From my experience I would say:

  • Speak up. When you feel in difficulty with your project, talk to your lab colleagues or supervisors, or someone outside the science-bubble to brainstorm on the problem and hopefully it motivates you to proceed.
  • Learn how to do things in more moderation, to make sure that you can continue to do the work you like.
  • It is fine to fail, as long as you learn from it, and you can take care of yourself.
    Simply by disconnecting your mind, having regular breaks, and relaxing. For example, I cycle🚲 every day and this is something that makes me feel very happy and refreshed to either start my day in the lab or be relieved after work. I love being also in nature🌳, whether to go for a walk or a hike, and it is powerful on my productivity overall.
  • Work smart, not hard.

I really think that some small positive actions can surely have a positive impact on our mental health.



@science_phd_creative Portrait


"Some days are full of experiments and achievements, and then there are days of failures." Some great words of wisdom you shared in one of your posts! Failures are part and parcel of research, especially when you're breaking new ground! Can you share a story of an experiment that didn't go as planned and how you kept yourself motivated to break through that deadlock?

Another quote I like from a podcast is “It doesn’t matter if you fall down, as long as you pick up something useful from the floor when you get up.” This sentence became a reminder to me all the time of the choices I’m making, and those failures are just lessons.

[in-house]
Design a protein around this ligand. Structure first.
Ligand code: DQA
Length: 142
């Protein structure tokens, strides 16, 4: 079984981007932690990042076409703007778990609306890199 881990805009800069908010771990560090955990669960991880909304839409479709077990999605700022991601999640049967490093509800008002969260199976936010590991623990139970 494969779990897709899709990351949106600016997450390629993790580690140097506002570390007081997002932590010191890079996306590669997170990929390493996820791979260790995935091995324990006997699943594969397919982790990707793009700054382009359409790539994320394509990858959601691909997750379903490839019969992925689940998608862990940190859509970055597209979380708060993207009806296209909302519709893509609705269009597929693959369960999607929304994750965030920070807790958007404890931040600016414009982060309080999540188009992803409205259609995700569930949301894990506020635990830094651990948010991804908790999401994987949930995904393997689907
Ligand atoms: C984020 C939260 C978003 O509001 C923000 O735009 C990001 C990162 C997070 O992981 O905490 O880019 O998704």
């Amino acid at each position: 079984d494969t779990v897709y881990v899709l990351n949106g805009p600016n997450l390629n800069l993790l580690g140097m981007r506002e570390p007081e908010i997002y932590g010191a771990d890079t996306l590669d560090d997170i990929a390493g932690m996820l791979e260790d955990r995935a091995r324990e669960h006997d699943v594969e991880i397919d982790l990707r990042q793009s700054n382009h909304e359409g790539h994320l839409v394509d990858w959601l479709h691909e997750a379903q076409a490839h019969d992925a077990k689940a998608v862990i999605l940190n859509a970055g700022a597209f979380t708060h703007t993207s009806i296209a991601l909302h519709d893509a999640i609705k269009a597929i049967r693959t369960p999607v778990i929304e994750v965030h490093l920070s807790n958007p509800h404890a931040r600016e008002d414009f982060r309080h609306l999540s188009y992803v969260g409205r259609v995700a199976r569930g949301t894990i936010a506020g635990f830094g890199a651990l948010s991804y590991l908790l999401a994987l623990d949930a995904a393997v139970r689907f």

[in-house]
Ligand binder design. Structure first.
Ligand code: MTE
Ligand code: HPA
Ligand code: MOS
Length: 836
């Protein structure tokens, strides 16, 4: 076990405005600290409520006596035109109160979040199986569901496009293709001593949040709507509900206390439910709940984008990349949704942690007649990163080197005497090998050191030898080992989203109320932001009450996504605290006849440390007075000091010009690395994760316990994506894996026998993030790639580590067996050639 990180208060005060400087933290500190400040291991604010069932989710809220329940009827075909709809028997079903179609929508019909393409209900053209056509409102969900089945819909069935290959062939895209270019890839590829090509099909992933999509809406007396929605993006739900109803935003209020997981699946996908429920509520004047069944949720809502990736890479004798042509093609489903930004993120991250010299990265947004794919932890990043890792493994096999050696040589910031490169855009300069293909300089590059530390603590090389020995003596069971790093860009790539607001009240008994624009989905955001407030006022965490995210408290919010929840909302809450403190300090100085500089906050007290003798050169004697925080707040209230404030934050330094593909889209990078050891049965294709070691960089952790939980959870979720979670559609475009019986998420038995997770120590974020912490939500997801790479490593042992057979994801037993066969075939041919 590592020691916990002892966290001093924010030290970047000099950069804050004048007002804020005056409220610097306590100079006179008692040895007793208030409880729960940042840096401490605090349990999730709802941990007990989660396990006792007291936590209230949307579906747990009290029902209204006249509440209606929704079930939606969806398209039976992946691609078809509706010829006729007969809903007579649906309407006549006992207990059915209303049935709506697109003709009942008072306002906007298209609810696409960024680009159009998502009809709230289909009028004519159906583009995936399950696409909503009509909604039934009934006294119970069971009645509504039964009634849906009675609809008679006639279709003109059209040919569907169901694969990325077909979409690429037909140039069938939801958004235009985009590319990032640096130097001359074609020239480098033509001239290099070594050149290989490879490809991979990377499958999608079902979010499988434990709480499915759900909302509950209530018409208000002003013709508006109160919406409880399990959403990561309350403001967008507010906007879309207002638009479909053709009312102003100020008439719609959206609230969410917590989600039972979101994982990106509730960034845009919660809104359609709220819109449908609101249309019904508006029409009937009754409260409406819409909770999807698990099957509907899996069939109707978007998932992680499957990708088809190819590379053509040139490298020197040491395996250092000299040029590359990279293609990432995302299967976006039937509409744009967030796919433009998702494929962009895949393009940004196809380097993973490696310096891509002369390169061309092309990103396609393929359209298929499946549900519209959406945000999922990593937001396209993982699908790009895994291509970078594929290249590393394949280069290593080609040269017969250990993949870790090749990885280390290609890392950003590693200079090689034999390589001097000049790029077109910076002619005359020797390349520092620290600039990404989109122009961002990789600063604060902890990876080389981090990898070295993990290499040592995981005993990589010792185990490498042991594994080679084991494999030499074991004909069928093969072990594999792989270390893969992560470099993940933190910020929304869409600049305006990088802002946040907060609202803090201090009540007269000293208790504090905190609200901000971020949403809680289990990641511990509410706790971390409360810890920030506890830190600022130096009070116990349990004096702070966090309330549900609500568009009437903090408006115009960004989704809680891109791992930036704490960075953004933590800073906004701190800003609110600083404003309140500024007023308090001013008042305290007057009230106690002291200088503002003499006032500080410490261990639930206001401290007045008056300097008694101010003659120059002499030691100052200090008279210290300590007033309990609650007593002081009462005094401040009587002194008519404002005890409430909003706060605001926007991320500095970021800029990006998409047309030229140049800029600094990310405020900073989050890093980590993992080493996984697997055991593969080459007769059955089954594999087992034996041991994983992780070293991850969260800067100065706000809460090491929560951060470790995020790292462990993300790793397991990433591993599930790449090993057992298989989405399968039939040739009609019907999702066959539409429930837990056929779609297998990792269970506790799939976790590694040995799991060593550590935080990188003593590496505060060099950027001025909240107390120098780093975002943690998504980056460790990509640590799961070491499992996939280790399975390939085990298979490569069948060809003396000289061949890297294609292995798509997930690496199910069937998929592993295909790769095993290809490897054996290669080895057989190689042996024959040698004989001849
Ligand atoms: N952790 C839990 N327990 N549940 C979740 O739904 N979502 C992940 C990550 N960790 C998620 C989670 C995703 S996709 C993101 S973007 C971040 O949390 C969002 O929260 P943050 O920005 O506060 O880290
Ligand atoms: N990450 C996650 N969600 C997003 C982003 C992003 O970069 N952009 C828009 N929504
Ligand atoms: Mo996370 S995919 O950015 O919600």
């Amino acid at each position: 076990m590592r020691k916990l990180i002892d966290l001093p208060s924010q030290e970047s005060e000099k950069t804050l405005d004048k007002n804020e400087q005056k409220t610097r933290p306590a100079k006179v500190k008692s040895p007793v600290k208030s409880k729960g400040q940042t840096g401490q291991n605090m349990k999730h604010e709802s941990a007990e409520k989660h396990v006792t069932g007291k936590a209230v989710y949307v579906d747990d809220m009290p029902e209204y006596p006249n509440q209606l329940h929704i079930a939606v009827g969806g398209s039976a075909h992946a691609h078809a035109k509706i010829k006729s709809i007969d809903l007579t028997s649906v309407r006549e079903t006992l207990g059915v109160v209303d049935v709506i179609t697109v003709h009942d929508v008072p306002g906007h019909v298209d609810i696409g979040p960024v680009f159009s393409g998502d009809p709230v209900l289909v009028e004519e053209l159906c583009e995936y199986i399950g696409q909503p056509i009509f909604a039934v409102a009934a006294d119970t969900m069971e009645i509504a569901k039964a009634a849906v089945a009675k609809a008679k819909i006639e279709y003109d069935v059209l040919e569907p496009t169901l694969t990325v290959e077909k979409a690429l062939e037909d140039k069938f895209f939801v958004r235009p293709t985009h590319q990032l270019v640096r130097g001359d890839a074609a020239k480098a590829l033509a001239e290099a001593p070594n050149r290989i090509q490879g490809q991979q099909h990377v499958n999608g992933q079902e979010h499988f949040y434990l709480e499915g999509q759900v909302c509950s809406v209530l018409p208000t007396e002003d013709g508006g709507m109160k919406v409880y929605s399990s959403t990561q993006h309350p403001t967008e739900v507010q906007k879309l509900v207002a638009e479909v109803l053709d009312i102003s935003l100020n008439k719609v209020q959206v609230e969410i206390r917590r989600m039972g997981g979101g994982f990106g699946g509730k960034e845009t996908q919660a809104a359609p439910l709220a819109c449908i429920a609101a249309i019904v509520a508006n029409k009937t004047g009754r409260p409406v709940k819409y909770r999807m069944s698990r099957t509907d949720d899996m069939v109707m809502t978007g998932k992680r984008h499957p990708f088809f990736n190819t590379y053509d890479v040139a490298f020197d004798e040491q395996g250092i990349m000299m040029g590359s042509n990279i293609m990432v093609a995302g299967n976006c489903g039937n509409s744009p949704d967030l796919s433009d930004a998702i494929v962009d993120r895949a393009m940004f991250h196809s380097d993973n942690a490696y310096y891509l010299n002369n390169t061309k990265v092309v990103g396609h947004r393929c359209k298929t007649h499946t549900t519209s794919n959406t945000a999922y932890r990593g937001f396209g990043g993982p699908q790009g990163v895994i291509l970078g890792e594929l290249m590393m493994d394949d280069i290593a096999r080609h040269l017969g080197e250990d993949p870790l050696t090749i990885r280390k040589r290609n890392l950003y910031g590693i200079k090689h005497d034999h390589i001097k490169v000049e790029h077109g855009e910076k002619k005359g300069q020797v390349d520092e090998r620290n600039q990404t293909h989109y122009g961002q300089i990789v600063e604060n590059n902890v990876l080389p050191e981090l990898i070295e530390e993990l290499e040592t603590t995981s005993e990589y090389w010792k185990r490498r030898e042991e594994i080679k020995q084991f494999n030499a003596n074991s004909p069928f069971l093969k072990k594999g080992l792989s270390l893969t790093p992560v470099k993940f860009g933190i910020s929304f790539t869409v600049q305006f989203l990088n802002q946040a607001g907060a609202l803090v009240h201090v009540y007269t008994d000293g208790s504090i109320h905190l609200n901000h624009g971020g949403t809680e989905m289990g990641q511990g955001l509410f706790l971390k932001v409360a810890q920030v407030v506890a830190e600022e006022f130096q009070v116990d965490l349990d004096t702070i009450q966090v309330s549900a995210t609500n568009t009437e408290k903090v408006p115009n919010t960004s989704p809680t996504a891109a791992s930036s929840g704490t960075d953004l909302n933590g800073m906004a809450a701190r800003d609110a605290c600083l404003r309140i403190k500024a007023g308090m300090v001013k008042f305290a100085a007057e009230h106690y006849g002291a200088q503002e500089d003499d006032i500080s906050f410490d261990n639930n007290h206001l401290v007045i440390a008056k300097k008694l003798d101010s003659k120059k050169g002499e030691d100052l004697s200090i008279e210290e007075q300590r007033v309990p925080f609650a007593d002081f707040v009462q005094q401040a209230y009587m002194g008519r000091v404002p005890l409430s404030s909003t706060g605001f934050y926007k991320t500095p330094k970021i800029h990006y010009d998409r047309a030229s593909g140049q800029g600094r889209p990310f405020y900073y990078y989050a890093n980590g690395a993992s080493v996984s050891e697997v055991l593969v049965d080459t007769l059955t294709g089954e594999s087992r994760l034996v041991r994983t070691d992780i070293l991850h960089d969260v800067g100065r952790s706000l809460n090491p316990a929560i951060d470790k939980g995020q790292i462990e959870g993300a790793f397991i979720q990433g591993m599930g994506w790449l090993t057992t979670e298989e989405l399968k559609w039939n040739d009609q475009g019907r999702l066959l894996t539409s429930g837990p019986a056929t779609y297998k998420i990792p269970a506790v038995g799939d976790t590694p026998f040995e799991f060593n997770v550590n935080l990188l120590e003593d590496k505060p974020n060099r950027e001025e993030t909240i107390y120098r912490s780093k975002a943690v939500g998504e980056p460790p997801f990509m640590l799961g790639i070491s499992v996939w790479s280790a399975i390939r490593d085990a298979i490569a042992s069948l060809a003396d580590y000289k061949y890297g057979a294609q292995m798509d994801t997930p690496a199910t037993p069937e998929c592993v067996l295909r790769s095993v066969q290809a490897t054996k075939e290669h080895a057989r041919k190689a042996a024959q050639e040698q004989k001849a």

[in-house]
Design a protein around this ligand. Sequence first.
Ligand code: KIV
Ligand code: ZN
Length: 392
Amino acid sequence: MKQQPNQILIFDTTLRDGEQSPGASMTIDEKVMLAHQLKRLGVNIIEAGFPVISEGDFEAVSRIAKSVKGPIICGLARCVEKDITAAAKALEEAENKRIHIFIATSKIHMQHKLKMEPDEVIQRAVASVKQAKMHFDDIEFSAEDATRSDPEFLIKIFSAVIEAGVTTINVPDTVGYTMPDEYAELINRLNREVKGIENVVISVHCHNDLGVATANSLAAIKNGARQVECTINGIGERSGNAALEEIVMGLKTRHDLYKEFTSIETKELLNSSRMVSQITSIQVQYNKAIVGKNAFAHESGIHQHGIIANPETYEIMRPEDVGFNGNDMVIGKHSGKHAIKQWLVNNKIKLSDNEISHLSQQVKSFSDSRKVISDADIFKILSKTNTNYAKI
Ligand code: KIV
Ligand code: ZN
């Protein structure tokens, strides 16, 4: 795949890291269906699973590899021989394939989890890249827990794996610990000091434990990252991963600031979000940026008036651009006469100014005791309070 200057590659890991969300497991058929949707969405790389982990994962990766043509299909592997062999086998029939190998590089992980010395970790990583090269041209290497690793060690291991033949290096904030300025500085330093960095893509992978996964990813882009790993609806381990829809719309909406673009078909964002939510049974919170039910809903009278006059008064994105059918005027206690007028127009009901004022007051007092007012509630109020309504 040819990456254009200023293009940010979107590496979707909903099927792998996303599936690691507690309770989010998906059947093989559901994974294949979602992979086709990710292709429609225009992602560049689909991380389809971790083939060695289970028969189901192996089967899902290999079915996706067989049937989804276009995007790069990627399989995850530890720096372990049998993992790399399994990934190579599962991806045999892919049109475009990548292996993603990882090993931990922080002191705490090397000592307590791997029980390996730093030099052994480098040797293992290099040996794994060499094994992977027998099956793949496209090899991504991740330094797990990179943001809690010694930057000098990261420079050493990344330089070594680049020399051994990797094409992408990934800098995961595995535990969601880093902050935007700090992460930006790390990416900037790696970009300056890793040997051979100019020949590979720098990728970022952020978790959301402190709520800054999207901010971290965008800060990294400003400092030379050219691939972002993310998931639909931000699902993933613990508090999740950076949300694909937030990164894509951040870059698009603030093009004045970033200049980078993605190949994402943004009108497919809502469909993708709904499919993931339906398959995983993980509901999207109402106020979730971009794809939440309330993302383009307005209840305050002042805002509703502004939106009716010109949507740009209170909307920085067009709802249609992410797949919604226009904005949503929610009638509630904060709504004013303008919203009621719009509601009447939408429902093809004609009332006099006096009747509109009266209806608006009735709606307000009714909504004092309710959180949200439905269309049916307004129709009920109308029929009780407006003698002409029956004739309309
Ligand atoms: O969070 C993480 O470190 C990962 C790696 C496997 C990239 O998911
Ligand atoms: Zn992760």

I remember a moment in my career where I was really undecided about a project that has been assigned to me😕. The more I was going on and giving the best I could, the more I was feeling depressed and unhappy. Very unusual to me. But I couldn't admit that and kept pushing myself until the burnout. I spoke up, asked for help, and decided to leave that position because it was not the right fit. I guess, I had to go through this experience to figure out what I really like to do next and what motivates me to wake up every morning. This experience was definitely life-changing in my career. Since then, I look at failures as a learning experience.👍

So, talking to someone can help in standing up and getting motivated again. Reminding myself of the reasons I chose science, the journey I accomplished until now and how many obstacles I've overcome to achieve my goals. For example, I am the first one in my family to get a PhD degree in science and when I remember the success of my PhD defense, the happiness of my family, and how many hurdles I had to go through, it automatically gives me a great motivation boost.🤗